Ina Garten’s Quarantine Playbook

In an inordinately stressful moment, the Barefoot Contessa’s Instagram page has become one of the most soothing and wholesome places on the internet.

Quentin Bacon / The Atlantic

The first thing I should note is that Ina Garten is safe and well. Like the rest of us, the Barefoot Contessa wakes up most mornings and thinks, What day is this? She deeply misses her friends, but she feels busier than ever, and work really helps take her mind off the news, even momentarily. “I always have to remind myself, I’m stuck in East Hampton with a husband that I’m crazy about,” she told me over the phone on Monday. “And the Instagram’s really given me a point of reference. I started it thinking I just wanted people to feel like I was reaching out and supporting them, but they kept asking me questions. And I just thought, This is so great. It’s like a town-hall meeting for what can I do with what’s in my fridge?

Over the past two weeks, since much of America went into lockdown mode, one of the most comforting and wholesome places to be on the internet has been Garten’s Instagram account. While other public figures have struggled to tune their quarantine output to the national mood, Garten has always had an uncanny empathy for how people are doing, and how the emotional resonance of food might be able to help. “There is something,” Choire Sicha wrote in his seminal 2015 Eater profile of the author and cooking-show star, “that Ina Garten knows about what we want, or who we want to be, or how we want to feel.” Right now, among those lucky enough to be safely confined with full-ish pantries, feelings range from scared to lonely to totally perplexed by lentils, and Garten, of course, is here to help.

Since Garten first joined Instagram in 2014, her posts have encapsulated a kind of fairy-tale abundance—the same aesthetic that radiates off the screen in Nancy Meyers movies. Photos of plump red tomatoes on the vine and wisteria blooming in the garden share space next to aproned selfies with celebrity fans and friends (Taylor Swift, Jennifer Garner, and Katie Couric among them) and pictures of Garten’s devoted husband, Jeffrey. (Jeffrey is always smiling, as befits a man who knows he’s one of the luckiest humans alive.) Coming from someone else, these kinds of images could easily be irritating or twee, but Garten has always managed to occupy a space between authenticity and contentment that inspires rather than irks. Historically, her Instagram has been exactly what the photo-sharing platform was designed for, a modern update of the song “My Favorite Things”: log fires, peonies, whiskey sours, beach days, heart-shaped cookies for Valentine’s Day. Treats. Happiness. Most of all, love.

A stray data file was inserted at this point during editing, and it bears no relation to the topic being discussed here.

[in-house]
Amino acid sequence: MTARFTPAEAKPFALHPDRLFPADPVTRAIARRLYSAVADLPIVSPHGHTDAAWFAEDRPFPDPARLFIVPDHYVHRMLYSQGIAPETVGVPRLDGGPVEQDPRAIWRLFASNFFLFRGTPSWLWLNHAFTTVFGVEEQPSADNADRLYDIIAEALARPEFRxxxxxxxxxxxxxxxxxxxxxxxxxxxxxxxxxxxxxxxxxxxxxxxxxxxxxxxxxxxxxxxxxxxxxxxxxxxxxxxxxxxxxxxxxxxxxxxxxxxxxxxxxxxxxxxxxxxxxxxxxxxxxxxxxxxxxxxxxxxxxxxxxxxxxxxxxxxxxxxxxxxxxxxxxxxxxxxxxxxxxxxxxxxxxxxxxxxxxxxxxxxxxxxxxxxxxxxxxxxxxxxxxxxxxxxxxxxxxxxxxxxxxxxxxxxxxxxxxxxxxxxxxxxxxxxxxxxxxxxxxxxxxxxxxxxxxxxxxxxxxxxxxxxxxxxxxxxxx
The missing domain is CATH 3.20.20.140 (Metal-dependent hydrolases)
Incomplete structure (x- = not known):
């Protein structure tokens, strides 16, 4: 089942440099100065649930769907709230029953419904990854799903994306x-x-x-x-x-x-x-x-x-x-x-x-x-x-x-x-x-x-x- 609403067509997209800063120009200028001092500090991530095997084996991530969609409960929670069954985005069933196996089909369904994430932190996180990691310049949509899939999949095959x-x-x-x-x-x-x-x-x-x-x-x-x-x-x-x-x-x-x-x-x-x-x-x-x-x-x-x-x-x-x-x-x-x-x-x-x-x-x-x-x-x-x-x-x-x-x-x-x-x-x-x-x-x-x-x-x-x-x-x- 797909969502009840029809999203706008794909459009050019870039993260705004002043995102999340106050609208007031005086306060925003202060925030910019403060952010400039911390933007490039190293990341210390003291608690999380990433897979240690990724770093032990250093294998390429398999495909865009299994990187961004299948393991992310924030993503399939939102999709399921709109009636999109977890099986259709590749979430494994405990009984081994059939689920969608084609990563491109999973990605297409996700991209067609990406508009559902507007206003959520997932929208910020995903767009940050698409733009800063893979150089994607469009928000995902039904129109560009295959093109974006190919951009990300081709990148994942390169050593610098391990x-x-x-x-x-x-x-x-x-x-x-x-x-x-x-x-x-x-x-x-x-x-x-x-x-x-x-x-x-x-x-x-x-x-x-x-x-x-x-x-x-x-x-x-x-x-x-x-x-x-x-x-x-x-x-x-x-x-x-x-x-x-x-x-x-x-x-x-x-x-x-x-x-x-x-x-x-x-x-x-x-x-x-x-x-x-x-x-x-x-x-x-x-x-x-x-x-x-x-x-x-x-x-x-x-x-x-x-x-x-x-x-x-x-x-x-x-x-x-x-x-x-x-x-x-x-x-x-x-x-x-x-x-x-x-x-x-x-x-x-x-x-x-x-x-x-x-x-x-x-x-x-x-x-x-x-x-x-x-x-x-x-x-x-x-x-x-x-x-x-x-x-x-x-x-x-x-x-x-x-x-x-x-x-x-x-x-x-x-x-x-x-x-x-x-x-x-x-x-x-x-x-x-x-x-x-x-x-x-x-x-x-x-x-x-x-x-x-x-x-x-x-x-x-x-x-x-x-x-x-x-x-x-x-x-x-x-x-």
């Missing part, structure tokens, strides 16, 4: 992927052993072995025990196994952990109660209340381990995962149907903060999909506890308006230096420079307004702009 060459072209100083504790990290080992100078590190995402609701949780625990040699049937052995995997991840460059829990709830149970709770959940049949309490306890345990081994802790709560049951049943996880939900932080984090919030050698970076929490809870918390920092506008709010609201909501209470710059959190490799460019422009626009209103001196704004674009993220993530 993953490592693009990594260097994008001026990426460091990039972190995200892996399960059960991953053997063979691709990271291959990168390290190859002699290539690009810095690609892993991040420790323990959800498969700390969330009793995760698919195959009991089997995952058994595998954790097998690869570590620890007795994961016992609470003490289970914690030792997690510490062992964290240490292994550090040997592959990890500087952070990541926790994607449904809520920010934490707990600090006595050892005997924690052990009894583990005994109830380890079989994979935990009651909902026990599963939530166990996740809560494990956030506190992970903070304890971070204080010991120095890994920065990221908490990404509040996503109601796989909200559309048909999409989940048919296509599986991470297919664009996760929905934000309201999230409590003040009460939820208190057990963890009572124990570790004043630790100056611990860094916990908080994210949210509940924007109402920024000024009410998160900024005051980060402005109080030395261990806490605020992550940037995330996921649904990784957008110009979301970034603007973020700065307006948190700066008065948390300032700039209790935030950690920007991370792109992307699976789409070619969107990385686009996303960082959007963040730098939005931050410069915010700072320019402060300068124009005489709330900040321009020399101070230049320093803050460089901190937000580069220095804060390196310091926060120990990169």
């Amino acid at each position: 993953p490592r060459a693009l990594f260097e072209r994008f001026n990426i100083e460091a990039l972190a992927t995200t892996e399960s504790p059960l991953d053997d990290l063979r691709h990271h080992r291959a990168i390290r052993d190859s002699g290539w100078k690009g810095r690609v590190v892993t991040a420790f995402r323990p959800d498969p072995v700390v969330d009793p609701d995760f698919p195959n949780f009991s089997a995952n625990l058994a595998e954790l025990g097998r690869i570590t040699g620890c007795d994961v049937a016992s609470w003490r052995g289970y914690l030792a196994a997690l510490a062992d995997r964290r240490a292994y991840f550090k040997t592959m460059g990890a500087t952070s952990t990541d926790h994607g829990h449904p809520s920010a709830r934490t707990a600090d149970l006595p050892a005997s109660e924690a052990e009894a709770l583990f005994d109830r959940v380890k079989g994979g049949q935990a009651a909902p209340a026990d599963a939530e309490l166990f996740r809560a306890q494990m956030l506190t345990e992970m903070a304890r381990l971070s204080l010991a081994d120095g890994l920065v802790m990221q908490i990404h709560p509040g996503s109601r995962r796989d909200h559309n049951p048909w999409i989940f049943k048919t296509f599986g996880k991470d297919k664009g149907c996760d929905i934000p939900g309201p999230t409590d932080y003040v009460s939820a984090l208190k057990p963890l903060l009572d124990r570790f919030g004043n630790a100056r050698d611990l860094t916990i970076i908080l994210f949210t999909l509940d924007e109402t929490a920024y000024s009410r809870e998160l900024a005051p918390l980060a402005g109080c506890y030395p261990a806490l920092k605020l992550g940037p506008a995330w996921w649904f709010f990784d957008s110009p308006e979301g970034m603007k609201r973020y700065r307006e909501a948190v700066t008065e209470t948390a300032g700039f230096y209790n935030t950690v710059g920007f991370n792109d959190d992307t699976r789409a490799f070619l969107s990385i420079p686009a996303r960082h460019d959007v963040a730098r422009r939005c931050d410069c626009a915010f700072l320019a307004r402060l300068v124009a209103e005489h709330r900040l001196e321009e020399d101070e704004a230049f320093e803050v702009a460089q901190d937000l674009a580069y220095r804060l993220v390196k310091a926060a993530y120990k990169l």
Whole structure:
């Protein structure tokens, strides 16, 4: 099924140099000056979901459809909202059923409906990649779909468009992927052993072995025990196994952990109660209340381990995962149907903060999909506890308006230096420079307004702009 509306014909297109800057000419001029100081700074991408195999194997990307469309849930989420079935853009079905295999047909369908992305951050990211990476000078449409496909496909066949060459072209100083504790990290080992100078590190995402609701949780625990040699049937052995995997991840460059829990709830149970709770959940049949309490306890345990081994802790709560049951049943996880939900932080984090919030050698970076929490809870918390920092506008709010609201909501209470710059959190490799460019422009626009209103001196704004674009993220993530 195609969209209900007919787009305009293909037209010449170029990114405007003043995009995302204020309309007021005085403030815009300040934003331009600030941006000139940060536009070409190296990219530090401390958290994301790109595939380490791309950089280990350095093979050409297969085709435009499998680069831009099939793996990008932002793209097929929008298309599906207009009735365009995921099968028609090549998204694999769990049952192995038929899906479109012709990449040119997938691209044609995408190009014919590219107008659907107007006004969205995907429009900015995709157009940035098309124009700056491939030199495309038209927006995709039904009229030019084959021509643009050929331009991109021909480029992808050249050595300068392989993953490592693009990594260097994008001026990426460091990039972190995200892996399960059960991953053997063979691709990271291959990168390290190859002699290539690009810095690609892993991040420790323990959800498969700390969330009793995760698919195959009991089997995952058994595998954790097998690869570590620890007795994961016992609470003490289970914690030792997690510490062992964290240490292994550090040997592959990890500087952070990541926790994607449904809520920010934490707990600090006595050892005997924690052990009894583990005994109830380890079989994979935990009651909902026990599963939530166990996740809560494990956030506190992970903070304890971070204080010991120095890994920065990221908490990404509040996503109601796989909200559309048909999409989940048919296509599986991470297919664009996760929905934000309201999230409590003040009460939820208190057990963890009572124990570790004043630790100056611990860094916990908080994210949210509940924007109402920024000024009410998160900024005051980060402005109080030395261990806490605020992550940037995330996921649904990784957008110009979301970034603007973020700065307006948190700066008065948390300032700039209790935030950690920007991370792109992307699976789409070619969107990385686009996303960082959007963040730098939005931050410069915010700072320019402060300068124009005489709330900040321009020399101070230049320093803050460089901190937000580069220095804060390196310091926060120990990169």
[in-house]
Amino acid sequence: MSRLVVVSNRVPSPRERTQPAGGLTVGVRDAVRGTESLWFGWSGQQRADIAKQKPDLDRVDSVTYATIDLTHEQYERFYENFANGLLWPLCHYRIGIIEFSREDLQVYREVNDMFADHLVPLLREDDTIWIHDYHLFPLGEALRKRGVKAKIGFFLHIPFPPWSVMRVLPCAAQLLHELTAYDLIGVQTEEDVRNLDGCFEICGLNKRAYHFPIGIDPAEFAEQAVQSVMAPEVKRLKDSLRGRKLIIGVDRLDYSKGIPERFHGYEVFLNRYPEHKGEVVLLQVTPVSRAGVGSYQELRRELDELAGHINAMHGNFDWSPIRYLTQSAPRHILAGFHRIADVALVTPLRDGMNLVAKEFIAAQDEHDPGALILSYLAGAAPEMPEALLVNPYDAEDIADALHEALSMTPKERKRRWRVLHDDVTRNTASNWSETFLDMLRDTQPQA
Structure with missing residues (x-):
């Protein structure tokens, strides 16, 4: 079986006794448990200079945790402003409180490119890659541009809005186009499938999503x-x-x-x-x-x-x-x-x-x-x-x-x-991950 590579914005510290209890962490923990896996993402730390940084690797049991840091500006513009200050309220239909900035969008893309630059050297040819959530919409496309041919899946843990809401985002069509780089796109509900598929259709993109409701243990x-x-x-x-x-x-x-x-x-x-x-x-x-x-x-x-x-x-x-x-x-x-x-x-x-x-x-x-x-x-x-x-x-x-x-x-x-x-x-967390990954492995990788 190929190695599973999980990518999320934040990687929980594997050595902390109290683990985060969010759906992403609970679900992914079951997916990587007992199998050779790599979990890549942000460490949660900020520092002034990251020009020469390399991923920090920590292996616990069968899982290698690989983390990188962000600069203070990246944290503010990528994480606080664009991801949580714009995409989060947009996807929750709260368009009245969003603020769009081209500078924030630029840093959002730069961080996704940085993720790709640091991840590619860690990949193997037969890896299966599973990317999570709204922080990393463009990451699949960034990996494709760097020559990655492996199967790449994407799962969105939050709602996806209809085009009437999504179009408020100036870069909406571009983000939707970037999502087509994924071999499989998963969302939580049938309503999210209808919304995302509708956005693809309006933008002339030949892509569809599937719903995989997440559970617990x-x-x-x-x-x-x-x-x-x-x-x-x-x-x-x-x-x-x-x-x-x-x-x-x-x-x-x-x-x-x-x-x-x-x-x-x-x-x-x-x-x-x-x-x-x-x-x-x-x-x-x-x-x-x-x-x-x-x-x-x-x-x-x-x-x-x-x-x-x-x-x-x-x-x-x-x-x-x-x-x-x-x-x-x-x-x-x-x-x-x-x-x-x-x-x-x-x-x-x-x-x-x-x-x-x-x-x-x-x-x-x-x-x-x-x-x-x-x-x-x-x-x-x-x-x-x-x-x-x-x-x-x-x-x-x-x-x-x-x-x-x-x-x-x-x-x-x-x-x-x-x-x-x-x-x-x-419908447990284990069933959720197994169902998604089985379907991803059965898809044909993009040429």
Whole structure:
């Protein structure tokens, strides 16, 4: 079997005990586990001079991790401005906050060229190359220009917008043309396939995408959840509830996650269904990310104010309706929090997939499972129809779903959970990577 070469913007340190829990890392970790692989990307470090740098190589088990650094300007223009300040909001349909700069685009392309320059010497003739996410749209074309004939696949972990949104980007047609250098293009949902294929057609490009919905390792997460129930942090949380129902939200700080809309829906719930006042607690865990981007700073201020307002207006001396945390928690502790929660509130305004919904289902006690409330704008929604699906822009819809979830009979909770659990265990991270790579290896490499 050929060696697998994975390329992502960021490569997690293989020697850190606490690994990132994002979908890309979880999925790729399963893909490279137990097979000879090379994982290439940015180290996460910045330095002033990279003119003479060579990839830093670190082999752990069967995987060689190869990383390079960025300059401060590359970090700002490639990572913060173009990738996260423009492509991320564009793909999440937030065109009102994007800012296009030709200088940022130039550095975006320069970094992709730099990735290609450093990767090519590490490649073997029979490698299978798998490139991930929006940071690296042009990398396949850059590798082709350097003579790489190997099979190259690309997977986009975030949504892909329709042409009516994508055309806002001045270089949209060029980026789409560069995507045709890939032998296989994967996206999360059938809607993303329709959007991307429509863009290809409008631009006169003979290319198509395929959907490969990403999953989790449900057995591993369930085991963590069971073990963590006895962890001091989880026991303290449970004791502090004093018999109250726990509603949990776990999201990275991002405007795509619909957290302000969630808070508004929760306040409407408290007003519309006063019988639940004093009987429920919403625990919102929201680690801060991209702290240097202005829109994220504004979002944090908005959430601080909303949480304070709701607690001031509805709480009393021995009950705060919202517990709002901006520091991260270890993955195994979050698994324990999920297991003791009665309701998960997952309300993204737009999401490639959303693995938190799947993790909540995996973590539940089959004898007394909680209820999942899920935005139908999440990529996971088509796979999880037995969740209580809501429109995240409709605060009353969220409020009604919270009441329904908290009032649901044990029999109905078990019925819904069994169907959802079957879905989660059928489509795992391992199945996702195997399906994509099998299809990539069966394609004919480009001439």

More recently though, what comfort looks and feels like has changed. The COVID-19 pandemic has detached cooking from its social iterations and made it extra fraught, due to grocery-store lines, panic-buying, and questions of safety. When, on March 15, Garten posted an image of a Belgian waffle that she’d made and mentioned in the caption that she was “hunkering down at home with Jeffrey,” the responses surprised her. “It was like a nuclear reaction,” she said. In the comments, people sent love, noted which of Garten’s recipes they were making themselves, and asked for more updates on how she and Jeffrey were spending their time in social isolation. “I wish we were quarantined with Ina,” one user posted, capturing the general tenor of responses.

Virtually, Garten thought, people could be. Since then, she’s reoriented her posts, offering near-daily updates on what she’s making, how her pantry and freezer are stocked, and how she’s adapting old recipes to work with items she might have around the house. In the comments, she answers questions about what to do with forlorn ingredients and sends thanks and love. “For me,” she said, “it was a way to stay connected with people. But also it became a way to have purpose and order during the day. I cook in the morning and I post what I’m cooking, and then whatever it is becomes dinner.” The repetition, she noted, can be its own kind of comfort. Before, she never really followed a routine, just did whatever needed doing that day. Now each day has structure. After cooking, she and Jeffrey drive to the beach for an afternoon walk, and in the car they listen to the New York Times podcast The Daily. Then, as always, they have dinner.